Why can I sign up on products in seconds, but signing up for a passport or applying for an e-visa can take hours?
Why are there separate platforms for booking trains and government buses, ordering gas cylinders, and filing our taxes?
We are living in a world where design, not features, can determine which competitor wins the largest market share. (Think Khatabook vs. OkCredit.) Companies are charging a premium for good design. (Case in point — Superhuman.) And markets are being redefined just by putting great design at the heart of product development. (Apple. Enough said.)
However, great design is still a distant dream in today's citizen-focussed products. Most government or public-sector software are feature-loaded tools that are just painful to use.
When we asked why, the most common thing we heard was, "We didn't design our product. We just built it."
High-impact organisations mostly focus on getting their feature sets right, which means they struggle to create better experience for high-impact products. But that's where many high-impact organisations made an unconscious design choice. Ignoring design is an unconscious choice to ignore the user.
While many customer-focused teams have come to understand the importance of design, most citizen-centric organisations are yet to make user-centric product design a norm. That's we at Parallel are setting out to solve.
We want to help create more human-friendly products for high-impact organisations. We are looking to work with the governments, philanthropies, nonprofits, and companies that are building products for the next billion and the last million.
Improving these products will shape how technology can make people's lives easier. Better designed experiences won't only improve downloads or ratings, but rather build trust and lasting relationships with these products — and in turn, save the time and money that goes to waste when products are built without thinking through design.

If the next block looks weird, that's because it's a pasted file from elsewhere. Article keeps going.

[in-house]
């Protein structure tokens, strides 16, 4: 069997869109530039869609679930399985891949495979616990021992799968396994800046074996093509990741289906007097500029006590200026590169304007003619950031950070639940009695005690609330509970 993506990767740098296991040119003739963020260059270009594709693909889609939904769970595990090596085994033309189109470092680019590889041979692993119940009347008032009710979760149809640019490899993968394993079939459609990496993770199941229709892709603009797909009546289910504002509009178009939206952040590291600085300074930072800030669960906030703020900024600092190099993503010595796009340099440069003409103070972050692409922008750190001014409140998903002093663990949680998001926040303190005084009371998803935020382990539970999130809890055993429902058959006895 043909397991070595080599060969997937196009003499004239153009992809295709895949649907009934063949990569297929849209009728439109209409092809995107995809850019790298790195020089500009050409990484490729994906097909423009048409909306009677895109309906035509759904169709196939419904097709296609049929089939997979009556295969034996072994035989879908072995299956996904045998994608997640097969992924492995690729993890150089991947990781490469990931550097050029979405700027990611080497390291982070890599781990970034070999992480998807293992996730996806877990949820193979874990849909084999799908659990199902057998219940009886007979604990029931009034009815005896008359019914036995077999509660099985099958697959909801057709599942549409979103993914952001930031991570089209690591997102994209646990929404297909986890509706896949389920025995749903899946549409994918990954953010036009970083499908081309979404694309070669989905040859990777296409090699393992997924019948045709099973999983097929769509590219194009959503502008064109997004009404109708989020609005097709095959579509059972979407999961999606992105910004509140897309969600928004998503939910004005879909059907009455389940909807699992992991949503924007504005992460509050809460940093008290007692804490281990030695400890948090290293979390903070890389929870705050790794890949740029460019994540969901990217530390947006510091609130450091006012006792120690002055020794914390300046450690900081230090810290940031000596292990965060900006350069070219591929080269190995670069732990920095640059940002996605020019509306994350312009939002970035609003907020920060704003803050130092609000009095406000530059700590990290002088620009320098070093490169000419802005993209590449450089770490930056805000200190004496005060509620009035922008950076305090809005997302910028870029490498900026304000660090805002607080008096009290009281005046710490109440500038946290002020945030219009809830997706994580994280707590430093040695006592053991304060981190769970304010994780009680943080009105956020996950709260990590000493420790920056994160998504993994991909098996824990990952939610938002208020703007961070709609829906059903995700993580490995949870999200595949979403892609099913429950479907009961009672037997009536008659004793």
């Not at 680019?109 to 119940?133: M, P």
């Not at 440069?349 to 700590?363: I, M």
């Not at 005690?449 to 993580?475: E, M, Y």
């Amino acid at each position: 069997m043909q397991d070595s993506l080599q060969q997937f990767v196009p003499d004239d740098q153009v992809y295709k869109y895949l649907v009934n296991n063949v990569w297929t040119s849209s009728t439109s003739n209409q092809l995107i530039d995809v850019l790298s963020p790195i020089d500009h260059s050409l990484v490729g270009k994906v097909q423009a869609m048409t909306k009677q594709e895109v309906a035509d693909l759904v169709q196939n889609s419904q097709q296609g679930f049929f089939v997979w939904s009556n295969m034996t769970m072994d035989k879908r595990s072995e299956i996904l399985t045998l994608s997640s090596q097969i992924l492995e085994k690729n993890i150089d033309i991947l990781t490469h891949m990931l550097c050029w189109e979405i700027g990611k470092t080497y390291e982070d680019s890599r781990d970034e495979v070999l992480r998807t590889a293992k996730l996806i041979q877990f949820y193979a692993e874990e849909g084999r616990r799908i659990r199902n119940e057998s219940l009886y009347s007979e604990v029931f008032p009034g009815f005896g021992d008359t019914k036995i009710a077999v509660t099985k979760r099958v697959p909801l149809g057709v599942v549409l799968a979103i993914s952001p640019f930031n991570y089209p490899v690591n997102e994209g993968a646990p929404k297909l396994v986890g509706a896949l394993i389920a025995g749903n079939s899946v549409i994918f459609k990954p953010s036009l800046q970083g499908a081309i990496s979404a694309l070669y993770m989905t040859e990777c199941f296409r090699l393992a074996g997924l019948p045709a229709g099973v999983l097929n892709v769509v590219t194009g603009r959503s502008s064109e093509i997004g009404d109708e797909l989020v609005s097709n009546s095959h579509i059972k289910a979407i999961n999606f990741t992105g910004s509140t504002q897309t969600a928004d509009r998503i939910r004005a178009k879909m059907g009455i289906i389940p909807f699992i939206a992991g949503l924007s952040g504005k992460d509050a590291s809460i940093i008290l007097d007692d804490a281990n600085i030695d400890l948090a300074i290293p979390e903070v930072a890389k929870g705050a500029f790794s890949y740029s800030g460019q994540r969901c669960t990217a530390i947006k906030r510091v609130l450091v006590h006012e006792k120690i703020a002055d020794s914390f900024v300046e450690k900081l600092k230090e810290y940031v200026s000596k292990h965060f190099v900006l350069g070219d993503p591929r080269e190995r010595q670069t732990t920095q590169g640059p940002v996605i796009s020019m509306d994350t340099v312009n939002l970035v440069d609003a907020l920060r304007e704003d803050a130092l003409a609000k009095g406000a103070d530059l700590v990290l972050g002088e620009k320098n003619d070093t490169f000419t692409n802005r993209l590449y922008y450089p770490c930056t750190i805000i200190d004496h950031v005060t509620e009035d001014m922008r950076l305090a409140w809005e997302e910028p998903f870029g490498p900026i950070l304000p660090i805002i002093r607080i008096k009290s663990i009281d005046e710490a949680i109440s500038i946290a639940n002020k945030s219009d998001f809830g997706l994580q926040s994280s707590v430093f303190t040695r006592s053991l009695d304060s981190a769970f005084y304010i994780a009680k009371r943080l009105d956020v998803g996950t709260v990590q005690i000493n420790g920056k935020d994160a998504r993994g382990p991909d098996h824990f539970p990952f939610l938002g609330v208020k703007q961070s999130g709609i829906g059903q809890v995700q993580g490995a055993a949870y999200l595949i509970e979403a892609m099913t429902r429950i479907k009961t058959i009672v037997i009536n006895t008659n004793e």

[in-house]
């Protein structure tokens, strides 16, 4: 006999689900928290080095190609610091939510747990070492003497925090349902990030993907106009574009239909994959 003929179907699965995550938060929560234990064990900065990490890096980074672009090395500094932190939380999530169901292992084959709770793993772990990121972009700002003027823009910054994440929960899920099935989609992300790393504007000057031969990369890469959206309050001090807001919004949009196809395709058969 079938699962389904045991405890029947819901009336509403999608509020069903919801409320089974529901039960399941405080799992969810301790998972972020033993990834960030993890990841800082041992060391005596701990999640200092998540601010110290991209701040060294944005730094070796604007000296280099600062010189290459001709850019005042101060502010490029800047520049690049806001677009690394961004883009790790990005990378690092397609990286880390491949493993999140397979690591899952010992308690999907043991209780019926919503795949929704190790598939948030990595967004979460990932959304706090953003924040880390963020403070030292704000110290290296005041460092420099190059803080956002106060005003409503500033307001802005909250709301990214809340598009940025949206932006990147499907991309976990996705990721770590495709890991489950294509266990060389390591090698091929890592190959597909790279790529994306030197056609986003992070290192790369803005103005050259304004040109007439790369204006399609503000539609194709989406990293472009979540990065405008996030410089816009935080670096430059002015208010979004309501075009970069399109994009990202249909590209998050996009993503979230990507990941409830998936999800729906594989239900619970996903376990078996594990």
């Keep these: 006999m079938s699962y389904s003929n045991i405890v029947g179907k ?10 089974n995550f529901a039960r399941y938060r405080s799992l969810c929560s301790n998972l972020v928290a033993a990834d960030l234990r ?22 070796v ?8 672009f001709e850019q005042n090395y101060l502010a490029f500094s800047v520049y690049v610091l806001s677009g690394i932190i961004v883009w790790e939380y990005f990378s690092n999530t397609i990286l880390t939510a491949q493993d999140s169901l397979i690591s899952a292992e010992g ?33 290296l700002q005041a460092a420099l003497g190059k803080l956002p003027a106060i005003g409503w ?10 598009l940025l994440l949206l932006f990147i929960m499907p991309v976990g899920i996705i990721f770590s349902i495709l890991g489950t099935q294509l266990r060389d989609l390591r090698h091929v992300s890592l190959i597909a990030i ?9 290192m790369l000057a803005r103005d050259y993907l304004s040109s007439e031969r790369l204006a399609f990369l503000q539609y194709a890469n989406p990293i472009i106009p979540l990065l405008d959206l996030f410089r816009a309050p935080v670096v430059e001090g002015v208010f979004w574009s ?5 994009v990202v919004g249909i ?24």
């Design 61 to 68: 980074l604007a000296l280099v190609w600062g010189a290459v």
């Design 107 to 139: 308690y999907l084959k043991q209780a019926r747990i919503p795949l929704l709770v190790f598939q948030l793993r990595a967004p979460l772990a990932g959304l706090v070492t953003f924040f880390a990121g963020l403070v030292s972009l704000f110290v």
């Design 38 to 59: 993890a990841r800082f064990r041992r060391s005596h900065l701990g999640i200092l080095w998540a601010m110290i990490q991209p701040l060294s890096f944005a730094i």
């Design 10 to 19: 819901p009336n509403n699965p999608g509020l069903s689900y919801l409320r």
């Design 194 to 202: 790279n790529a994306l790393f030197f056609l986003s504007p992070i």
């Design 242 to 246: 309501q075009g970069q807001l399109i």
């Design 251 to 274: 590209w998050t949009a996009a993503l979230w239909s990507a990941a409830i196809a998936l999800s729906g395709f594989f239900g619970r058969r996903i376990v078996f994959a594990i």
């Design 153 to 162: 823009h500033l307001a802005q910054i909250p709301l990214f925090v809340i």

Design is not just about prettifying your app with better colors, alignments and illustrations. Sure, that's pleasing. But good product design is much nuanced than that.
Will this app make sense to an 18 year old, 35 year old, and a 60 year old?
Will a Marathi, Punjabi, and Hindi-bhashi understand the content?
Will both someone who grew up online and someone who just started using the internet last week know what to do?
Will users actually be able to accomplish what they need to do, or will they get lost?
Design starts much before you write the first line of code — it starts when you pen down the first sentence of what you want to build and who you want to build it for. We want to help organisations fix this — in their applications, in their teams, and in their culture.
We use the time-boxed, time-tested, low-bias, high-value process of Design Sprints to deliver value in days. Yes, that's possible. We have done it, time and again.
While we'll start with designing products, our job doesn't end there. We want to create a community of designers focused on impact and product creators focused on user needs.
We're looking for people who believe in making human-friendly designs a reality, who like to put the users' need before their own, and who will go that extra mile to deliver experiences that will matter to their users. Whether you are a designer on our team or a team who believes in design, we're here to help you identify design challenges and make more user-centric products in future.
We'll be creating design systems for citizen-centric systems to make people's lives easier. And, more importantly, we'll open our knowledge to the world, so more and more individuals can join us in this mission.
Even after designing 40+ products and 5 years of constantly innovating, we're just getting started. It's still Day 0 at Parallel.
We're going all in to bring delightful experiences to high-impact products — be it from central or state governments, banks, startups, nonprofits or any other organisation solving critical problems.
The journey won't be easy — it's easy to let bad design slip in, and it's hard to convince people about the tangible value that design can create. But nothing will happen unless we try. And, well, who said that change was easy?
Check out these related blogs:
This blog's header image is from the U.S. Navy's website. Why can I shop online easily, but finding the nearest hospital with beds is a nightmare?